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An Englishman Abroad

1 rating: 5.0
A British television play
1 review about An Englishman Abroad

"How can he be a spy? He goes to my tailor."

  • Mar 31, 2011
Rating:
+5
So says Guy Burgess in Moscow, as he quotes the attitude of his former fellow British upper-class diplomats.
 
Burgess, the Englishman in An Englishman Abroad, is talking to Coral Browne, an Australian actress who was appearing as Gertrude in a Royal Shakespeare Company production of Hamlet in Moscow. It's 1958. She has visited Burgess in his drab apartment which he shares with his government-sanctioned male lover, an aging youth who speaks no English. Burgess has barely learned a few words of Russian. "I know what I've done to deserve him," he says, "but I don't know what he's done to deserve me."
 
Burgess, along with Kim Philby, Donald Maclean and Anthony Blunt comprised the Cambridge Four. They were a group of Cambridge undergraduates who, in the Thirties, were recruited to become Soviet spies. Although they were products of proper English upper-class breeding, they disliked intensely the very aspects of English life that provided their own privileges. The Soviet system seemed so much better.
 
Burgess was a most unlikely spy. He was flamboyantly gay, often flamboyantly drunk and talked too much about what he was doing. But after all, he says, "There's no point in having a secret if you make a secret of it." Throughout WWII he and Maclean, working in Britain's Foreign Office, regularly delivered copies of secret Allied plans to their Soviet controller. Even though much evidence pointed their way, no action was taken. They eventually had to flee Britain in 1951 and finally showed up in Moscow in 1956. Kim Philby did far more damage before he finally was eased out in a gentlemanly way. And Blunt, an art historian, was publicly identified by the British government only in old age after years of cover-ups. After all, he was advisor to the Queen on art matters and had received a knighthood. The old-boy network wanted no embarrassments.
 
Coral Browne wound up in Burgess' Moscow apartment because he went to one of the Hamlet performances. As usual, he was drunk. He found his way to her dressing room by accident and proceeded to vomit in her basin. She was not amused and hadn't the slightest idea who he was. When she had to leave for the second act, Burgess managed to steal her soap, cigarettes and face powder before leaving. "One should have asked," he tells her later. "One is such a coward."
 
He slipped a note under her door asking her to lunch and to bring a tape measure. Burgess wanted gossip from London, but Browne didn't know anyone in his upper-class circles. He wants to be taken seriously, but seems merely charmingly superficial. Burgess is a self-destructive, self-aware drunk, yet also a proud Englishman.
 
More than anything else, Burgess wants Browne to take his measurements and order some suits for him from his Savile Row tailor when she returns to London. She agrees, but only because she sees no reason why anyone, even a traitor, shouldn't have a good suit if he wants. At the end of this marvelous one hour program, most of which is spent with Burgess and Browne talking to each other, we see Guy Burgess jauntily walking over a Moscow bridge wearing a perfectly tailored suit, hand-crafted leather shoes on his feet, a well-cut topcoat over his shoulders and holding up a black umbrella to ward off the beginning snow. Passing him are the comrades in their drab clothing and fur hats, some curious about this unusual creature in their midst. Guy Burgess has become a very well-dressed Englishman...well, English traitor...abroad.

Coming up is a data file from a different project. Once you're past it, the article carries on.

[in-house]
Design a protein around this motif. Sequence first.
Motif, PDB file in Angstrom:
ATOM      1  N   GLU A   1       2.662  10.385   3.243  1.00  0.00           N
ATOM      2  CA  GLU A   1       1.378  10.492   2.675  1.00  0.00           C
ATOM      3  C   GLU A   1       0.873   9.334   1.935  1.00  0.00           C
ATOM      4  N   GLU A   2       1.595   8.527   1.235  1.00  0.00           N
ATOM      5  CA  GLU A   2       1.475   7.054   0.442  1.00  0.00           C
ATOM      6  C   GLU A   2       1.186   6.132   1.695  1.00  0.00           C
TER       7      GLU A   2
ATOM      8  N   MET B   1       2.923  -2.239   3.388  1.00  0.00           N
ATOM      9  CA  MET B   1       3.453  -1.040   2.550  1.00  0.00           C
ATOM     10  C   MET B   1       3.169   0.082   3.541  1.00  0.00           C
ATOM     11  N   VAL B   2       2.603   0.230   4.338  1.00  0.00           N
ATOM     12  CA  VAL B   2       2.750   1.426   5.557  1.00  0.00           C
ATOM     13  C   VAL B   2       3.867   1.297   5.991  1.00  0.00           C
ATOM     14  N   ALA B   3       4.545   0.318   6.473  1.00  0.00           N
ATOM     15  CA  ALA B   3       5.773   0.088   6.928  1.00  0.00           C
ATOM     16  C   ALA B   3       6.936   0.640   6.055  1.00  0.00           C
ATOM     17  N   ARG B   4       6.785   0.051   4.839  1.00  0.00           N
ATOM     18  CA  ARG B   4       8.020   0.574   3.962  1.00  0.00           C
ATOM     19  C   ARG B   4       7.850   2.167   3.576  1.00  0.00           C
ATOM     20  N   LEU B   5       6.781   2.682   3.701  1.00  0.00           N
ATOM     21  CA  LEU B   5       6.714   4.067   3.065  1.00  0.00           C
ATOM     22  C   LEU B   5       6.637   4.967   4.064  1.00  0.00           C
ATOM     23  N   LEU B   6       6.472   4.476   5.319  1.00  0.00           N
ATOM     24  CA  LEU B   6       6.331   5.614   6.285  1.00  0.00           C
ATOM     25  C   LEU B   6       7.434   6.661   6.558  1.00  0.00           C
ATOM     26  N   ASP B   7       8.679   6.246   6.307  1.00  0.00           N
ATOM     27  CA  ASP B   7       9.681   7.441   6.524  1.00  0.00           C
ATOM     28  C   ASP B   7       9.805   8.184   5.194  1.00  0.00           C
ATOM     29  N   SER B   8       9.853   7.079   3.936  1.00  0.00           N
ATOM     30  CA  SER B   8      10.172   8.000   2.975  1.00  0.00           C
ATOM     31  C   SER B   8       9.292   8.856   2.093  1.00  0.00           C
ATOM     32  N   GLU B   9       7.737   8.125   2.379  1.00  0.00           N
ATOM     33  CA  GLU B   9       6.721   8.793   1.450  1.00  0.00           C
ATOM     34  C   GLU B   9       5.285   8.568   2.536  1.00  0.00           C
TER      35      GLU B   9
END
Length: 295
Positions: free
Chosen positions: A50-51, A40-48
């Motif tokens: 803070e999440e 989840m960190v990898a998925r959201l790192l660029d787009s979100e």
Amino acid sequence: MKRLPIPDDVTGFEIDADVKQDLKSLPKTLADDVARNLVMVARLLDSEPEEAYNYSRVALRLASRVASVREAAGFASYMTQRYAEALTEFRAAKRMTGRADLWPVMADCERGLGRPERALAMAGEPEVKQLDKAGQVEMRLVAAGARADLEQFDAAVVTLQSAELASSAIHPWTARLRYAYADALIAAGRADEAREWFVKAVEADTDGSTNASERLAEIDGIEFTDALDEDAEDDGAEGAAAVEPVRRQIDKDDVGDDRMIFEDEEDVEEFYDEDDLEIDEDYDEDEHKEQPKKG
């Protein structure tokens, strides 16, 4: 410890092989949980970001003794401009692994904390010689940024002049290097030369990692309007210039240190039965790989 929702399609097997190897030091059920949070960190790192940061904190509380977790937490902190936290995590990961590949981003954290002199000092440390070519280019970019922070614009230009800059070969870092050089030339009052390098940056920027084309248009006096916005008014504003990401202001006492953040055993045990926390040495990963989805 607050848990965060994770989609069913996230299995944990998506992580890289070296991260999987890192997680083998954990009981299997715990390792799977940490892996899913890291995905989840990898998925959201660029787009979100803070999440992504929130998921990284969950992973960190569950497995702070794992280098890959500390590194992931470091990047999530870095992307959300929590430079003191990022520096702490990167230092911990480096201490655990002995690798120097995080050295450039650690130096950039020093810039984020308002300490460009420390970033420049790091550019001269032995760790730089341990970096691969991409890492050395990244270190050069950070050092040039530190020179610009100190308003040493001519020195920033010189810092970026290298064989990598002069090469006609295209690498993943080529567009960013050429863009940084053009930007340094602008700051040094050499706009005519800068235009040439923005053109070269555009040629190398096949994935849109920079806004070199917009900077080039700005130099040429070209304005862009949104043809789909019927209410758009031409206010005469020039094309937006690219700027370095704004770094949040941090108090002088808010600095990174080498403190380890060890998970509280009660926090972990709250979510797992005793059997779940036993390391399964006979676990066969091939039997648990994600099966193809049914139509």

This is a fine example of what an excellent, subtle writer Alan Bennett is. The tone is amusing and wry, but Bennett slips a sharp knife in as he shows the complacency of so many of the British upper-class, as well as the self-delusional foolishness of Burgess. And Bennett makes us appreciate the spine of Coral Browne, unwilling to paint people with the colors the British establishment would have her use. "I'm just an actress," she says, "I've never been interested in politics. But if this is communism I don't like it because it's dull...their clothes are terrible and they can't make false teeth. What else is there?"

"The system," Burgess replies, and he's serious.
 
As excellent as Bennett is, Alan Bates as Burgess and Coral Browne playing herself match him. Browne may have no great passion one way or the other toward English traitors, but she's not about to let others tell her who she can and can't see, even in Moscow. More to the point, she has Guy Burgess' number. People in England can call him anything they like; he'll make amusing conversation out of their anger or contempt. But the idea that they might think he now regrets having to live in Moscow makes him vulnerable.
 
Bates is so good an actor he lets us become amused by Burgess, even like him, but also become disgusted by him...all at the same time.

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